US court clears way for Strauss-Kahn's civil trial



US court clears way for Strauss-Kahn`s civil trial New York: Rejecting his last ditch bid to avoid a civil trial, a US court on Tuesday rejected former IMF chief Dominique Strauss-Kahn's claim to diplomatic immunity in the high-profile sexual assault case against him.

Judge Douglas McKeon at the court in the Bronx, New York, said that Strauss-Kahn cannot "eschew" immunity in an effort to clear his name only to embrace it now in an effort to deny Nafissatou Diallo, the hotel maid who charged the 62-year-old French politician of sexual assault, the opportunity to clear hers.

The judge began his 12-page ruling in the case with the Japanese proverb used in IMF's 2011 annual report, "The reputation of a thousand years may be determined by the conduct of one hour."

"Strauss-Kahn's motion for dismissal is denied," the judge ruled. Strauss-Kahn's lawyers had asked a judge to dismiss the case in March, arguing he had diplomatic immunity.

Strauss-Kahn who planned to run for French presidency had to resign from the top financial body after the scandal broke out.

Strauss-Kahn, who had criminal charges for the same offence dropped last year, had applied to have Diallo's case against him dropped claiming his role as managing director of the IMF afforded him diplomatic immunity.

Diallo claims that Strauss-Kahn sexually assaulted her in a "violent and sadistic attack" in the Midtown Sofitel hotel, in New York, nearly one year ago when she walked into his suite.

Police subsequently removed him from an Air France flight about to depart New York's Kennedy Airport and jailed him before his arraignment in criminal court.

Diallo had contended in her case that Strauss-Kahn did not enjoy diplomatic immunity and the only immunity he had was "residual" related to actions he performed in furtherance of matters related to the IMF.

The judge said "Strauss-Kahn cannot eschew immunity in an effort to clear his name only to embrace it now in an effort to deny Diallo the opportunity to clear hers".

"Indisputably, as Managing Director of the IMF, Strauss-kahn enjoyed some type of immunity, either 'absolute' as he contends, which would spare him from criminal or civil liability in this country, even on matters strictly personal or unrelated to the IMF, or 'functional' or 'official acts' immunity which only relates to activities in furtherance of the business of the IMF and would be of no benefit to him as to the claims asserted in this lawsuit," the judge said.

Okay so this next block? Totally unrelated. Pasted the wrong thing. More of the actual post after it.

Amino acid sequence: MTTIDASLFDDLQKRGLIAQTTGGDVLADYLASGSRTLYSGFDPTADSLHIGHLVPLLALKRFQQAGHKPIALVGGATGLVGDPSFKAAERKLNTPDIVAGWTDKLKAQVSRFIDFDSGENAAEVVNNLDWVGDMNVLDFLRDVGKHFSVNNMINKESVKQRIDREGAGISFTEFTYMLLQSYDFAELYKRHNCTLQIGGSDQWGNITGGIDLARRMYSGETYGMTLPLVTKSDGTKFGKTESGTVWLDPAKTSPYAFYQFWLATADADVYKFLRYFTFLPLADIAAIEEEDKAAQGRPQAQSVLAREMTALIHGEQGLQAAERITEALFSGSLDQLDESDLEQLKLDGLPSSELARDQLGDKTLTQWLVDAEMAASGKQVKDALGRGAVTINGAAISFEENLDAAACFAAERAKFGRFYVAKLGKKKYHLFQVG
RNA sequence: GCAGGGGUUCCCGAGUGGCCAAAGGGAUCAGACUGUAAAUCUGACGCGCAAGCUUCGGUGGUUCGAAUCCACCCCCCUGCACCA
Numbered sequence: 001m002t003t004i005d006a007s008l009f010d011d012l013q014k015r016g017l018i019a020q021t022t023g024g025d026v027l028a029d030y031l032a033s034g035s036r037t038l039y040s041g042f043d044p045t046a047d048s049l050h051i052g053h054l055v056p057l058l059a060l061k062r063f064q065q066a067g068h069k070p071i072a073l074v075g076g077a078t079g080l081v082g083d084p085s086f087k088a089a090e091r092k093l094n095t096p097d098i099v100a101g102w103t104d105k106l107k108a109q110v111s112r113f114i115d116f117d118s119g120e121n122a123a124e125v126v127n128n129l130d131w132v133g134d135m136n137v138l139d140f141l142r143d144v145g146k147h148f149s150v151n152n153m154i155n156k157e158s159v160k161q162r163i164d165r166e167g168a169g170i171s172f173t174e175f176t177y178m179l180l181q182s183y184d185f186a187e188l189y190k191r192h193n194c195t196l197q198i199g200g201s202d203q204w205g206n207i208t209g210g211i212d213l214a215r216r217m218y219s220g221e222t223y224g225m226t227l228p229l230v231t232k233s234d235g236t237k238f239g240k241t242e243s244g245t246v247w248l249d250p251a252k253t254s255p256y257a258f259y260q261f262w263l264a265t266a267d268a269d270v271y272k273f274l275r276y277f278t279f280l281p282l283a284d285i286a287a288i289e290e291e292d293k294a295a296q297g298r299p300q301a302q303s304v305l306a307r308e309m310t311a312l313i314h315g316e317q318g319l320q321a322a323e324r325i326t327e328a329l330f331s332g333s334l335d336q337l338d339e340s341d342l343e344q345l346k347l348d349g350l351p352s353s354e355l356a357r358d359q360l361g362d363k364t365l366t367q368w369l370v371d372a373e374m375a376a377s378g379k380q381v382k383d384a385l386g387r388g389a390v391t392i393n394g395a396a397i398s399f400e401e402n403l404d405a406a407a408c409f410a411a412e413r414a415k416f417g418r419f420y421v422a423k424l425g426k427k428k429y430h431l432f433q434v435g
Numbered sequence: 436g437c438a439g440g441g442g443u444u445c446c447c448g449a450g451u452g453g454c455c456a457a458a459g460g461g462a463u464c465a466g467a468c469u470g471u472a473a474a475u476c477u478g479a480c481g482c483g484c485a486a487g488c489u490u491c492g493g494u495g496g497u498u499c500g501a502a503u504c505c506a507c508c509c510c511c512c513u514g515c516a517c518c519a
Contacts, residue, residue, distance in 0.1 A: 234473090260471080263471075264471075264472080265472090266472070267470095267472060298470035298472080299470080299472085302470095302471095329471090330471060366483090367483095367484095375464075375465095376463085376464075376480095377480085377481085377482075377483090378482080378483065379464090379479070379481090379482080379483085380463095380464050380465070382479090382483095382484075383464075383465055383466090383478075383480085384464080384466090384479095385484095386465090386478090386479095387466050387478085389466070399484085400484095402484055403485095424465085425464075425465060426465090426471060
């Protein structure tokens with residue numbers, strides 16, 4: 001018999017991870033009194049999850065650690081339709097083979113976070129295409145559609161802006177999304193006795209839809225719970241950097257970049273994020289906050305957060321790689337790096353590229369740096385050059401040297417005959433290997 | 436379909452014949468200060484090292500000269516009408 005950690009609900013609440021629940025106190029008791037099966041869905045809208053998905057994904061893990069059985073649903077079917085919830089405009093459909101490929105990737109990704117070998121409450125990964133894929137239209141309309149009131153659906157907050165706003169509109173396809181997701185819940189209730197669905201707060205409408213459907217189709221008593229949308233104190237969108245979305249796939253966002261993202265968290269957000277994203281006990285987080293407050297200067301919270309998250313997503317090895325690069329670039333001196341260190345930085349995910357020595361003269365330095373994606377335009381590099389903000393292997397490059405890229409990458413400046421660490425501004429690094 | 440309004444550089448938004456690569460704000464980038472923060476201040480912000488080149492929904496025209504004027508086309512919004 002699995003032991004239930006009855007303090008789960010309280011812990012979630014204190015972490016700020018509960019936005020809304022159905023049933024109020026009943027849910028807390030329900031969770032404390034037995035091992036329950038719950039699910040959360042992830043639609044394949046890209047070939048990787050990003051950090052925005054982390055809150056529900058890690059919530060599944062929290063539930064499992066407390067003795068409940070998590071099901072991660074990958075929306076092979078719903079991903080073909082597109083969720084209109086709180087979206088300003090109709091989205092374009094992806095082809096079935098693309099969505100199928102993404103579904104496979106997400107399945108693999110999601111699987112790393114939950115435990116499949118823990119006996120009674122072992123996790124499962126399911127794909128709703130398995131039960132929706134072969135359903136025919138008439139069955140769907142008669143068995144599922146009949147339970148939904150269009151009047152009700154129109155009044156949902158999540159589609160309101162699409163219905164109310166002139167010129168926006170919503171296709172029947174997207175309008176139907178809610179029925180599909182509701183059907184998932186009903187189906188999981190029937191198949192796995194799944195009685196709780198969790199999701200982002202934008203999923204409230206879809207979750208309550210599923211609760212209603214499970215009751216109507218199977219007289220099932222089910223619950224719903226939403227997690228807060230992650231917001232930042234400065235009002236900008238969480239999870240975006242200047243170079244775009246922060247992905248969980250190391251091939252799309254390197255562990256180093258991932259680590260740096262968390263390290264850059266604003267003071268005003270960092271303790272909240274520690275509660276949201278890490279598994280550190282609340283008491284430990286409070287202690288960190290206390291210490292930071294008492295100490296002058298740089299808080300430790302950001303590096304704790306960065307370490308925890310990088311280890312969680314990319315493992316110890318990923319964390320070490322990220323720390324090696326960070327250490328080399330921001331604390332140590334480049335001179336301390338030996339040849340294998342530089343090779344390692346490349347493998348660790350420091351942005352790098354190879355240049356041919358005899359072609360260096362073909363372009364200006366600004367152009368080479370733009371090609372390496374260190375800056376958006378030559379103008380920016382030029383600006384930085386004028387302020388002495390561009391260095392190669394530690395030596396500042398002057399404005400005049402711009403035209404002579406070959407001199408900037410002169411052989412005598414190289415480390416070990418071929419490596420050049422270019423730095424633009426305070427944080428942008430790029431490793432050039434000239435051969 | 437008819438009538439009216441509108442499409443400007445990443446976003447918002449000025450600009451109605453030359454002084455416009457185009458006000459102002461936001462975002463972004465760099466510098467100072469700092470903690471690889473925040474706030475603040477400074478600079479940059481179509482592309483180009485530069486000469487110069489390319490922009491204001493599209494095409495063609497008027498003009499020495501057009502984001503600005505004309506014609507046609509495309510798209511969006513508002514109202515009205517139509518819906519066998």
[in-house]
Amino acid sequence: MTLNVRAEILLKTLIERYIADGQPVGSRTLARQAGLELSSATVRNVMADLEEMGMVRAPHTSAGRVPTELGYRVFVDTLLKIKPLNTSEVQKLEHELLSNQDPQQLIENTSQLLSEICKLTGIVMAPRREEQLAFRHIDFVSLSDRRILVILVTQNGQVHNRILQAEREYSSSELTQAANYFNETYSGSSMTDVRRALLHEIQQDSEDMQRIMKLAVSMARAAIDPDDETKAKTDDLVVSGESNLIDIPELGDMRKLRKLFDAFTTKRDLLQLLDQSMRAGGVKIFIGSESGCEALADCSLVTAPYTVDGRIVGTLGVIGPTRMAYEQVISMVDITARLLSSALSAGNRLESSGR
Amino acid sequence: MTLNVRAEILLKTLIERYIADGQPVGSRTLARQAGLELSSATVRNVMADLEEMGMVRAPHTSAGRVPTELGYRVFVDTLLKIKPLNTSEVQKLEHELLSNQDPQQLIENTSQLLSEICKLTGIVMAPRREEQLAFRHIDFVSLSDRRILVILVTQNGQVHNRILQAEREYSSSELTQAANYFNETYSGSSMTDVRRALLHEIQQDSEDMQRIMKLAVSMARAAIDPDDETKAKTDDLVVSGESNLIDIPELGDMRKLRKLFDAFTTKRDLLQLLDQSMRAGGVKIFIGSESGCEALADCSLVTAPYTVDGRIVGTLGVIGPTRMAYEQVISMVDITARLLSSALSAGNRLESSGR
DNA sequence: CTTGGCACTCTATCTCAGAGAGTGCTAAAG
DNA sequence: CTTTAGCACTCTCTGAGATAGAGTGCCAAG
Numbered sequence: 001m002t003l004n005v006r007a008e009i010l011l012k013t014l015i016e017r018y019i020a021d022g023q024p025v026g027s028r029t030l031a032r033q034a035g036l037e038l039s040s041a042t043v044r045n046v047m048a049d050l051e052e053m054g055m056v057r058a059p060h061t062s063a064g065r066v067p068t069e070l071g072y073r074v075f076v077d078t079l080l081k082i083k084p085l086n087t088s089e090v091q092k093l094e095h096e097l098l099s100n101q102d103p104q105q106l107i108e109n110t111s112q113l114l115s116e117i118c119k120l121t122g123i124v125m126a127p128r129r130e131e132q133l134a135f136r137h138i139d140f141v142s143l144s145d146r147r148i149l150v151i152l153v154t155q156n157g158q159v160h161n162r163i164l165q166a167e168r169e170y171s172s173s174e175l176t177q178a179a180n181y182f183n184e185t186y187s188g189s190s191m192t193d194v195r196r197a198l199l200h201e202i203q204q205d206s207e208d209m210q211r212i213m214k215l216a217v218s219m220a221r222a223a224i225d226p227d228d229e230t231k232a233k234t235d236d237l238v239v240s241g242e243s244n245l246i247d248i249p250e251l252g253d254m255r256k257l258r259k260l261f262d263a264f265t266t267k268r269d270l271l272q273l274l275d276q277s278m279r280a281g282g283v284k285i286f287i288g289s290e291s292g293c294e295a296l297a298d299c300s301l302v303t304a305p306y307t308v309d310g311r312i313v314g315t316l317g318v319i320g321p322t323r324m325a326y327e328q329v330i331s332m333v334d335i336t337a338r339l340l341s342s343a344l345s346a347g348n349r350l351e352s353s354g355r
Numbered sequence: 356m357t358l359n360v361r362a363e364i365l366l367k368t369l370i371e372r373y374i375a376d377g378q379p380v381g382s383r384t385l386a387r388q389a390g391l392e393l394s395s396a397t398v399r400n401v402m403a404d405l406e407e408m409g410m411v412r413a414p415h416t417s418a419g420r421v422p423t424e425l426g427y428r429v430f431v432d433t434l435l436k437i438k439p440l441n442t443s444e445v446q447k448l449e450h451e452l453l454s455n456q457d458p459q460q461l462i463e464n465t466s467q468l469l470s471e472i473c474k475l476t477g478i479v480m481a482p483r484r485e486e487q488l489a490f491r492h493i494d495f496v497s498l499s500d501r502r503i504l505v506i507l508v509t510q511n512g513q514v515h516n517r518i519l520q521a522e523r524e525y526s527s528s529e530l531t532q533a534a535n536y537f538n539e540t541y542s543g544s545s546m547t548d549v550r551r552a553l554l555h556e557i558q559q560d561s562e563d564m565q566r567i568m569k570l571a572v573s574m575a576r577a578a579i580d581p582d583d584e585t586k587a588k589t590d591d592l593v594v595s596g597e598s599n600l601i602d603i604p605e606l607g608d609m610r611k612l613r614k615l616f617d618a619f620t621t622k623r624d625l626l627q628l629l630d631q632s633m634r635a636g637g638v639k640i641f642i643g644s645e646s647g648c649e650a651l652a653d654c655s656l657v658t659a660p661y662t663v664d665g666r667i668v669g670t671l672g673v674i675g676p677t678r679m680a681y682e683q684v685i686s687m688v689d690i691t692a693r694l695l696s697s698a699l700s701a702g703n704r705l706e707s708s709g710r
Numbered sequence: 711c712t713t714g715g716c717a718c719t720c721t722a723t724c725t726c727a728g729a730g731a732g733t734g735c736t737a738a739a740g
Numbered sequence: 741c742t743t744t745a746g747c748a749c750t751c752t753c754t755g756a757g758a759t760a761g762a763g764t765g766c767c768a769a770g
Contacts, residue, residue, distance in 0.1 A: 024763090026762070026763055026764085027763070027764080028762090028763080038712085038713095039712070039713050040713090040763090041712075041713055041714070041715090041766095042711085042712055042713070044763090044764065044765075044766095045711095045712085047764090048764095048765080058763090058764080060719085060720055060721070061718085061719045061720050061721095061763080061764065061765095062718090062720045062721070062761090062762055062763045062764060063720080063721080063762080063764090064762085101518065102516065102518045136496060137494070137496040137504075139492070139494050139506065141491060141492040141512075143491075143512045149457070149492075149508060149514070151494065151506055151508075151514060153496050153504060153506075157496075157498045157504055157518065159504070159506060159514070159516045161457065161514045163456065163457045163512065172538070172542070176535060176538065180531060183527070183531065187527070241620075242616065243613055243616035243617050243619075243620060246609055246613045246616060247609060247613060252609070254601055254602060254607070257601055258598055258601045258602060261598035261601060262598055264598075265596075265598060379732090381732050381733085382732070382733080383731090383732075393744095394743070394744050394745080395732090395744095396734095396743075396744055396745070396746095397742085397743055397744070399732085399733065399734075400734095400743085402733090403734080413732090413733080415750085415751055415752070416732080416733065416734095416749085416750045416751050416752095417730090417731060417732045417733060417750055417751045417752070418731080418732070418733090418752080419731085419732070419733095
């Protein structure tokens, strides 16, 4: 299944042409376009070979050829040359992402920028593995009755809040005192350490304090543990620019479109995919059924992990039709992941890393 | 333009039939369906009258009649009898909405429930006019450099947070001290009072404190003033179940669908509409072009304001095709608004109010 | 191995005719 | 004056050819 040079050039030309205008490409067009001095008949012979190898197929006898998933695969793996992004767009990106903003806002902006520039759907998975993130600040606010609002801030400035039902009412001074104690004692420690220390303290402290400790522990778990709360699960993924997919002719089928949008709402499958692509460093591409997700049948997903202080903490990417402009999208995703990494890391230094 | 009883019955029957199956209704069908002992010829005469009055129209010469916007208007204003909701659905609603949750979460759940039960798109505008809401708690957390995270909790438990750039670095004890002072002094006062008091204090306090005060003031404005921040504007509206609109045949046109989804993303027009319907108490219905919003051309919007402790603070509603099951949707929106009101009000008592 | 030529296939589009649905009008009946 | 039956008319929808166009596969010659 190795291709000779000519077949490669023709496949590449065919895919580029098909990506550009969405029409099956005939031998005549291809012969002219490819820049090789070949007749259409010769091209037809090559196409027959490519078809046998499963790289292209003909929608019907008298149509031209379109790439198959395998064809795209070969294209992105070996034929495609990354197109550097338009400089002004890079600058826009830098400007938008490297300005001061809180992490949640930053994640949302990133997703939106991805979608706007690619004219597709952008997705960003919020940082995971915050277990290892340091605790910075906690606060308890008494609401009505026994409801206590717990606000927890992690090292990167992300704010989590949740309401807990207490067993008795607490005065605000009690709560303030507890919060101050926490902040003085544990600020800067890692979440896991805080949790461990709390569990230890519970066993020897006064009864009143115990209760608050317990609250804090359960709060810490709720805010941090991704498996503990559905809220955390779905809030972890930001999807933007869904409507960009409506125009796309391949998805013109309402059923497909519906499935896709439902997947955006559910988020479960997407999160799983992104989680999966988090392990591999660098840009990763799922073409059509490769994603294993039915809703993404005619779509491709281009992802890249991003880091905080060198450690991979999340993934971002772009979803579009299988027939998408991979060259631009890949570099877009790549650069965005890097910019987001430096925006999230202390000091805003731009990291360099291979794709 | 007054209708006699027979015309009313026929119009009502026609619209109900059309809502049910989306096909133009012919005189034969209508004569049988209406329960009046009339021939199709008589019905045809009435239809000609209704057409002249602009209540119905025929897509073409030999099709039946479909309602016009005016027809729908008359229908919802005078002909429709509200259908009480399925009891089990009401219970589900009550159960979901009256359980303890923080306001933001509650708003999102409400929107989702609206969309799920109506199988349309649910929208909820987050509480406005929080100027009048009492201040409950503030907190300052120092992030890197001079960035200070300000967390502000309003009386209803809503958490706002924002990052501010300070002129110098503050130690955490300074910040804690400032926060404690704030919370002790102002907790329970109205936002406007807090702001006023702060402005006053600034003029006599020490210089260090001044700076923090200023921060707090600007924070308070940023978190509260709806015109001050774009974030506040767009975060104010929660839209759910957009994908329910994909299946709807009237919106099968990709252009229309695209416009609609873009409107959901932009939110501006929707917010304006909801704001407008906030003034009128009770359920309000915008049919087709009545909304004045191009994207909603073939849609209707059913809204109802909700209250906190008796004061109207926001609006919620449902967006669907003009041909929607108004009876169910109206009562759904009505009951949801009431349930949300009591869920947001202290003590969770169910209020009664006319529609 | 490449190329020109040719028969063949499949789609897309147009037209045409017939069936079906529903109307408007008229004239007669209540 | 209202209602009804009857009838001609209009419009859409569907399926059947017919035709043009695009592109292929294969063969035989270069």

McKeon however added that for his motion to dismiss the suit, Strauss-Kahn must establish he enjoyed absolute immunity even after he had resigned from the IMF in May 2011.

The judge said Strauss-Kahn should have had "absolute" diplomatic immunity till at least August 8, the day when Diallo had filed the civil lawsuit.

"Confronted with well settled law that his voluntary resignation from the IMF terminated any immunity which he enjoyed... Strauss-Khan, throws (legally speaking that is) his own version of a Hail Mary pass by asserting that once he was arrested and put under house arrest in New York he becomes eligible for diplomatic immunity".

The judge said Strauss-Kahn was neither an employee of the IMF, a diplomatic envoy or diplomatic agent, let alone a member of the diplomatic corps after May 18 and if Strauss-Kahn was entitled to absolute immunity, "as he contends", there "was ample opportunity before now to assert it.

Diallo's lawyers issued a statement calling the ruling "well-reasoned and articulate".

"We have said all along that Strauss-Kahn's desperate plea for immunity was a tactic designed to delay these proceedings and we now look forward to holding him accountable for the brutal sexual assault that he committed," they wrote.

The judge said had Strauss-Kahn sought diplomatic immunity from the start, the criminal case against him could have been prevented and chances of a civil lawsuit also would have been negligible.

"But his explanation for not raising immunity during the criminal proceedings, conveyed to the court by his counsel during oral arguement, concerned his desire to clear his name. The court has no reason to question his motives...

"However Strauss-Kahn's decision to deliberately forebear from asserting available immunities should not, as a matter of customary international law or fundamental fairness, be used to prevent another from exercising legal rights otherwise available," he said.

During a March hearing in the case, Amit Mehta, one of Strauss-Kahn's lawyers had told McKeon that Strauss-Kahn enjoyed the same kind of diplomatic immunity which is given to the United Nations secretary general or to a diplomat from any country.

Mehta said as head of the IMF, Strauss-Kahn enjoyed "absolute immunity" at the time of the incident, urging McKeon that the case "must be dismissed".

Mehta argued that Strauss-Kahn enjoyed protections under the Convention on the Privileges and Immunities of the Specialized Agencies, which was adopted by the UN General Assembly in 1947.

While the US did not sign that accord, Mehta said provisions of the convention have the status of "customary international law".

PTI